- Valery Bryusov (1873–1924)
- Alexander Blok (1880–1921)
- Andrei Bely (1880–1934)
- Vyacheslav Ivanov (1866–1949)
- Innokenty Annensky (1855–1909)
- Fyodor Sologub (1863–1927)
- Pyotr Chaadaev (1794–1856)
- Nikolai Stankevich (1813–1840)
- Vissarion Belinsky (1811–1848)
- Alexander Herzen (1812–1870) Father of Russian Socialism
- Peter Lavrovich Lavrov (1823–1900)
- G. Virubov
- E. de Roberty
- Nikolay Mikhaylovsky (1842–1910)
- Konstantin Kavelin
- M. Troitsky
- N. Kareyev
- Nikolai Korkunov
- Nikolay Fyodorov (1829–1903) N O Lossky lists Fyodorov as primarily a Christian philosopher.
- Nicholas Roerich (1874–1947)
- Vladimir Vernadsky (1863–1945)
- Konstantin Tsiolkovsky (1857–1935)
- Alexander Chizhevsky (1897–1964)
- Victor Skumin (1948–)
- Nikolay Novikov (1744–1818)
- M. M. Speransky (1772–1839)
- Helena Blavatsky (1831–1891)
- G. I. Gurdjieff (1872–1949)
- P. D. Ouspensky (1878–1947)
- Boris Chicherin (1828–1904)
- N. Debolsky
- P. Bakunin
- M Karinsky
- N. Grot
- Sergei N. Trubetskoy (1863–1905)
- Mikhail Bakunin (1814–1876), listed also among the materialist and nihilist theorists
- Count Leo Tolstoy (1828–1910), whom some consider the greatest of Russian novelists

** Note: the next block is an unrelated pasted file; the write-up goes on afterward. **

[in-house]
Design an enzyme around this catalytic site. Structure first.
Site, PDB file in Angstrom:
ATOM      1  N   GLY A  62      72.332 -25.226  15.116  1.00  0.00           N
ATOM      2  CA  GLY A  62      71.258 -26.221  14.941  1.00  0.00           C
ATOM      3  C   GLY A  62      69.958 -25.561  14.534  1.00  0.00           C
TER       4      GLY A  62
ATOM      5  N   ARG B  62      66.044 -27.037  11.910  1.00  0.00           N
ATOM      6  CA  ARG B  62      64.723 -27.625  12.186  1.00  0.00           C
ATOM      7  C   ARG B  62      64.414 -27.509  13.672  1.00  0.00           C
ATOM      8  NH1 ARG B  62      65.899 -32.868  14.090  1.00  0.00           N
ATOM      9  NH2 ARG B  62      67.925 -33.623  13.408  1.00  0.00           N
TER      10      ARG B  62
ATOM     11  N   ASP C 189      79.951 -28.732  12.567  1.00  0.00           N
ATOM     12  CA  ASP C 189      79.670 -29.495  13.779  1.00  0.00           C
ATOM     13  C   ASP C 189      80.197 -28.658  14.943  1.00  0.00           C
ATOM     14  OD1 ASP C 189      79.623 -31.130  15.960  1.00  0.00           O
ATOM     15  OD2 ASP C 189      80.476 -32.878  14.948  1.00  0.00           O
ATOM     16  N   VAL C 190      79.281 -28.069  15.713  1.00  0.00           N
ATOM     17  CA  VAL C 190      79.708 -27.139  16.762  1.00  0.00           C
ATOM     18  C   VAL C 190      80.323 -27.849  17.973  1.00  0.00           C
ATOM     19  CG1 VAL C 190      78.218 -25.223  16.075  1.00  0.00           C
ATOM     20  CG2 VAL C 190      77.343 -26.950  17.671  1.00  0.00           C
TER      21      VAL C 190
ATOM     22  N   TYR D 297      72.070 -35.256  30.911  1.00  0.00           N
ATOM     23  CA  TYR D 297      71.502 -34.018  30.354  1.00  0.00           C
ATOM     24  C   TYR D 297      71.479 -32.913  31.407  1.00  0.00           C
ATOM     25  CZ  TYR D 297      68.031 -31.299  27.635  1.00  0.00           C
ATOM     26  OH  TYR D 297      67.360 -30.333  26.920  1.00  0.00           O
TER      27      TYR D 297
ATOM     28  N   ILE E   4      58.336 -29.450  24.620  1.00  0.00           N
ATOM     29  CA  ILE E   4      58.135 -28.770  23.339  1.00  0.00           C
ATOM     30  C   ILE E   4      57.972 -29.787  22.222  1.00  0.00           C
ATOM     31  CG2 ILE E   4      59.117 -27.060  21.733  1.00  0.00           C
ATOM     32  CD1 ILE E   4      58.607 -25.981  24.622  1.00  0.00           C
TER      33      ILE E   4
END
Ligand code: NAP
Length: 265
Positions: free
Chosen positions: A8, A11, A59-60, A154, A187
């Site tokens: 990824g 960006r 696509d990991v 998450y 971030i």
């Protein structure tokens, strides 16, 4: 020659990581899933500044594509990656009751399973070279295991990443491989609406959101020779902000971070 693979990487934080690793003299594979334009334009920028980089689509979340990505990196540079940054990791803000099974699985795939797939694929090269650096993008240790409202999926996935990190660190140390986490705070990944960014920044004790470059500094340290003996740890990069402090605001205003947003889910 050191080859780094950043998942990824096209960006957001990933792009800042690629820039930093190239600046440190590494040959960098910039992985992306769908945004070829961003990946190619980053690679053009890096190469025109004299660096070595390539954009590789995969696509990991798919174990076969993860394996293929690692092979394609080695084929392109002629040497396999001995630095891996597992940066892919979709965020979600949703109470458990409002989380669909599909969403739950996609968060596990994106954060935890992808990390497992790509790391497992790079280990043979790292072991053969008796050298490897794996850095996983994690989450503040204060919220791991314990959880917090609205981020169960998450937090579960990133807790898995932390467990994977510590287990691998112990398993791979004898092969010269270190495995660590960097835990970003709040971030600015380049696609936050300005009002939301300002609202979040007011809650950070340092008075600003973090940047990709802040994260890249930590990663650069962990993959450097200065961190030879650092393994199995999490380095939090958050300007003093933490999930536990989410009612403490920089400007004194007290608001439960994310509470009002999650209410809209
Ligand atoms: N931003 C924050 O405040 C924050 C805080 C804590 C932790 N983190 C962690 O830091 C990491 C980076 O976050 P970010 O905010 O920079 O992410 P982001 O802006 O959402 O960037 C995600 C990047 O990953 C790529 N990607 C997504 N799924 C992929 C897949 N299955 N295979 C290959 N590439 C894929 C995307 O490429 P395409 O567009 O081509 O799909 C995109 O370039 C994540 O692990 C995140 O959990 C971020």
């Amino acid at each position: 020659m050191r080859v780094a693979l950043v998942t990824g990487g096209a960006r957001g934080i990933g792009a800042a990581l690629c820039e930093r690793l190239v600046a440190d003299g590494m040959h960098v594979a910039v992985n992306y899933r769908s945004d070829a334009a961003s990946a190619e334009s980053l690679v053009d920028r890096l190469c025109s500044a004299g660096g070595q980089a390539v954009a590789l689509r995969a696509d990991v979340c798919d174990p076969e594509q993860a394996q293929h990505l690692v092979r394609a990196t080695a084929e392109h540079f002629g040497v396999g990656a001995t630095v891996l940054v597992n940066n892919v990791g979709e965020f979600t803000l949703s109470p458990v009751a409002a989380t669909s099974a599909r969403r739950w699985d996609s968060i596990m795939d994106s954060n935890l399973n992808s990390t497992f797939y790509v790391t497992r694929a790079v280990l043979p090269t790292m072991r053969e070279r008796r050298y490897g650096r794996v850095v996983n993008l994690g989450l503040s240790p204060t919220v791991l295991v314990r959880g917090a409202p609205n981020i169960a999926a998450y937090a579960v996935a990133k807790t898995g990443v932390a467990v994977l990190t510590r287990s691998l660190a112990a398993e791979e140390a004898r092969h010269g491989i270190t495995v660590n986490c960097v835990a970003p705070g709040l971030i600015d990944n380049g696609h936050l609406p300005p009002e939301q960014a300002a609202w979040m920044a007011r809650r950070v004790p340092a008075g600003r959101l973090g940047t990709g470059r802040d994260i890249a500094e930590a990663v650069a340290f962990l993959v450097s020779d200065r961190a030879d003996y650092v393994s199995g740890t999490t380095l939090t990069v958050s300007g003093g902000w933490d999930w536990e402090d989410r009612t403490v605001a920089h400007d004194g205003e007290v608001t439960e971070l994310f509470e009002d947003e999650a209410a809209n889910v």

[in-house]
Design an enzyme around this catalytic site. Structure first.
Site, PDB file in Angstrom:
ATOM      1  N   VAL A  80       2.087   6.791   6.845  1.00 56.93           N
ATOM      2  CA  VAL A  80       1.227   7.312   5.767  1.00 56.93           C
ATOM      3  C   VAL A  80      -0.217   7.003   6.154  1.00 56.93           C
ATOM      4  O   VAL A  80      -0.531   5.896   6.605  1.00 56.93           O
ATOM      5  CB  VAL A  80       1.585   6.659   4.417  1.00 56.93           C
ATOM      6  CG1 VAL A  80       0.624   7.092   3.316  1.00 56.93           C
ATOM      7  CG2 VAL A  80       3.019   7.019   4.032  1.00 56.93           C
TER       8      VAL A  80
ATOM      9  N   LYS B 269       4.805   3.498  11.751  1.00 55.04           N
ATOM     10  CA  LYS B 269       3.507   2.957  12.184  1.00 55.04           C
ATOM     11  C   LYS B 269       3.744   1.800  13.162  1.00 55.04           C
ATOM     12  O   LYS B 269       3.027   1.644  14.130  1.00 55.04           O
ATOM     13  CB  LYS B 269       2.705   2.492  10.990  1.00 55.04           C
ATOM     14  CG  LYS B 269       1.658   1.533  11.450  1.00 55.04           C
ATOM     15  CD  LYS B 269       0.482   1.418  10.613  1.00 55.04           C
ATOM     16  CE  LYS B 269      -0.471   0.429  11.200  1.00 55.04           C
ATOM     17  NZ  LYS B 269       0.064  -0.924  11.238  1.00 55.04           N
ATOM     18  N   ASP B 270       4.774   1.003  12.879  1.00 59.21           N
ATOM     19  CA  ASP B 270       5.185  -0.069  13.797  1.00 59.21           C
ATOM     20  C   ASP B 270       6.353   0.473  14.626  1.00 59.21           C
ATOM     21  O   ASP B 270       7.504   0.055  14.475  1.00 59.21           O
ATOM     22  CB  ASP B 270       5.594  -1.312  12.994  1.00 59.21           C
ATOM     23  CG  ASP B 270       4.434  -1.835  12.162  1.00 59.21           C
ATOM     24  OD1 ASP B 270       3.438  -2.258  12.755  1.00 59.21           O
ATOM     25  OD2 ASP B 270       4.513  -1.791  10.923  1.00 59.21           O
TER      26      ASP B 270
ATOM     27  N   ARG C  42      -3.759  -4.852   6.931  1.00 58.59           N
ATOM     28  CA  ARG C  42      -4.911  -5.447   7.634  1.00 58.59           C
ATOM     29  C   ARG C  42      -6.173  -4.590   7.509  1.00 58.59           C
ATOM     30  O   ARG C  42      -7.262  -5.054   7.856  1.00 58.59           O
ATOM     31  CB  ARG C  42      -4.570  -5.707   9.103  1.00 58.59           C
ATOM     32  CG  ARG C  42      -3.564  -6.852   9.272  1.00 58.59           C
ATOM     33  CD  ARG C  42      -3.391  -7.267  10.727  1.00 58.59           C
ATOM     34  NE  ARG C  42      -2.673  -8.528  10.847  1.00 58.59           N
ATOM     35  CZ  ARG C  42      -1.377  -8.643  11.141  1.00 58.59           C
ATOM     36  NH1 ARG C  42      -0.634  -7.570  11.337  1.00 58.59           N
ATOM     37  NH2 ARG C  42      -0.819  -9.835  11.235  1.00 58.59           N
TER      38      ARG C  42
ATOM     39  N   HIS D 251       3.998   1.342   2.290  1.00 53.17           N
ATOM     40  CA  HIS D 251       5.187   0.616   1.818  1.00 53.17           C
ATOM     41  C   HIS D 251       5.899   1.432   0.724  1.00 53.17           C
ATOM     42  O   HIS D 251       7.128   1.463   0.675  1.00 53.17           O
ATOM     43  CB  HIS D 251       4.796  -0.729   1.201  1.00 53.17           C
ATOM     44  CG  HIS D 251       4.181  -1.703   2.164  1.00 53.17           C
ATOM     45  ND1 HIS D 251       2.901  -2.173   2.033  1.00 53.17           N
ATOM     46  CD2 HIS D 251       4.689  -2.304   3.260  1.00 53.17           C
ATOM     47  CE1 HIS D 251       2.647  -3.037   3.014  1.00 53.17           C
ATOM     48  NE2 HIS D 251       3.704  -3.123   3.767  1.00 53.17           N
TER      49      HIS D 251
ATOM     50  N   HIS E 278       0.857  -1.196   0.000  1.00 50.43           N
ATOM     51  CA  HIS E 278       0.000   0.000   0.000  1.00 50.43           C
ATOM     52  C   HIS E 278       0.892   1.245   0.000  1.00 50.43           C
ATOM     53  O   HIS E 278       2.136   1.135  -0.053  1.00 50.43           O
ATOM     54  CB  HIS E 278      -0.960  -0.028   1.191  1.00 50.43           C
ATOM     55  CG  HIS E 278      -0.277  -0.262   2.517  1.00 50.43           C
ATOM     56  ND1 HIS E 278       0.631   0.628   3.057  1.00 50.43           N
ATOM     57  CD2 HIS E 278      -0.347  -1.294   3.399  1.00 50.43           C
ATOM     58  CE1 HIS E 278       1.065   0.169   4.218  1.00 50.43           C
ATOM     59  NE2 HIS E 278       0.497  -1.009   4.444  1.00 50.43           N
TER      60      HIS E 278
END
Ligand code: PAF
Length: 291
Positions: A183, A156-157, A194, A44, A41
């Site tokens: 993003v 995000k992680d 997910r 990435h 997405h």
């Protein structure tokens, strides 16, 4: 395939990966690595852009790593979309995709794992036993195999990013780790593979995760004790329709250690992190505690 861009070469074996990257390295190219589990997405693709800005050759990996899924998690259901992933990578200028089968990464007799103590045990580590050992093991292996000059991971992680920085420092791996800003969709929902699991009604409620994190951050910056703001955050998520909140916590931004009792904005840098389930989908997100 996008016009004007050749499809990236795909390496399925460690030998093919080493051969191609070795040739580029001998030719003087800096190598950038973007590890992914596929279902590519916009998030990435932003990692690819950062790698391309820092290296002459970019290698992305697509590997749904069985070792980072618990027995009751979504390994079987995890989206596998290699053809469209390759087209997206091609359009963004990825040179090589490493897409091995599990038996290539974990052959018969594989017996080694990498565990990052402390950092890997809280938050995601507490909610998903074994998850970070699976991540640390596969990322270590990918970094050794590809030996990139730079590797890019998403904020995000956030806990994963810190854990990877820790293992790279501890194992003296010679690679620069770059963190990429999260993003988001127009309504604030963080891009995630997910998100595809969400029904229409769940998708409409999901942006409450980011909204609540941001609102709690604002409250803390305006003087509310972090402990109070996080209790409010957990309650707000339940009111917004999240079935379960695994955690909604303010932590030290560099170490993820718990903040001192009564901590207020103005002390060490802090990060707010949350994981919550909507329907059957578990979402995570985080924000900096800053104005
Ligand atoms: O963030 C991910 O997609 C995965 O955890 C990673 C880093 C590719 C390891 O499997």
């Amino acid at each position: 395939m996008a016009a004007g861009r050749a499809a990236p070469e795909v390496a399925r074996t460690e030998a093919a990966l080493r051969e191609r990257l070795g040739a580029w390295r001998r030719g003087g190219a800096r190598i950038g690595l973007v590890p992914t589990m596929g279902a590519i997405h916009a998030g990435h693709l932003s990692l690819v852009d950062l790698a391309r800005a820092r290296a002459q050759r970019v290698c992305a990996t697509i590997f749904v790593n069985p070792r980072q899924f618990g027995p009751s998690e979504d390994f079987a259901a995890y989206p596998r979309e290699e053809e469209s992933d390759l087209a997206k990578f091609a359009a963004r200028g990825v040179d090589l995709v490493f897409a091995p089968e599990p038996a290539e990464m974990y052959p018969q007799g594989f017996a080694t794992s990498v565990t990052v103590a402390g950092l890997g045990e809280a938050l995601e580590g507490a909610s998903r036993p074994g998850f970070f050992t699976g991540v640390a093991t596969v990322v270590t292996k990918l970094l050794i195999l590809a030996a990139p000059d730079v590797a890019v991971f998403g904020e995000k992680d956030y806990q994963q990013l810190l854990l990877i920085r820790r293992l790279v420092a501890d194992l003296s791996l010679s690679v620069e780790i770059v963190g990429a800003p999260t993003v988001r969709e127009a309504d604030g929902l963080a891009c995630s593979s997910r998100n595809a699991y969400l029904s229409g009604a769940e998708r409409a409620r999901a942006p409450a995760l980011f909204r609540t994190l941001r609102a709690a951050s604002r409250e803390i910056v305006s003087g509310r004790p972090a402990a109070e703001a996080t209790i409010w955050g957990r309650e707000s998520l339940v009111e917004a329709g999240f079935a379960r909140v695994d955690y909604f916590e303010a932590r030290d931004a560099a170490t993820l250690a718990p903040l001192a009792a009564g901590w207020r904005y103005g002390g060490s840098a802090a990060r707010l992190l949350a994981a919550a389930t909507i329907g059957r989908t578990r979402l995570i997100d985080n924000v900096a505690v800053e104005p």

- Prince Peter Kropotkin (1842–1921), known as the 'Anarchist Prince' or 'Father of Anarchism'
- Frank Chodorov (1887–1966), born to Russian-Jewish immigrants to the United States
- Christophe Toverski (1943-2010), a forerunner in antinationalism and also a prolific scientist
Socialists and Marxists
- George Plekhanov (1856–1918) The first major Russian Marxist thinker.
- Vladimir Lenin (1870–1924) The founder of Leninism.
- Alexander Bogdanov (1873–1928)
- Leon Trotsky (1879–1940) The founder of Trotskyism.
- Sofya Yanovskaya (1896–1966)
- Aleksandr Zinovyev (1922–2006)
- Evald Ilyenkov (1924–1979)
- Pamfil Danilovich Yurkevich (1826–1874)
- V. Kudriavtsev
- Vladimir Solovyev (1853–1900)
Solovyev is noted to have created the first complete encompassing system of Russian philosophy.
- Vasily Rozanov (1856–1919)
- Fyodor Dostoyevsky (1821–1981) listed also as an existentialist
- Sergei Bulgakov (1871–1944)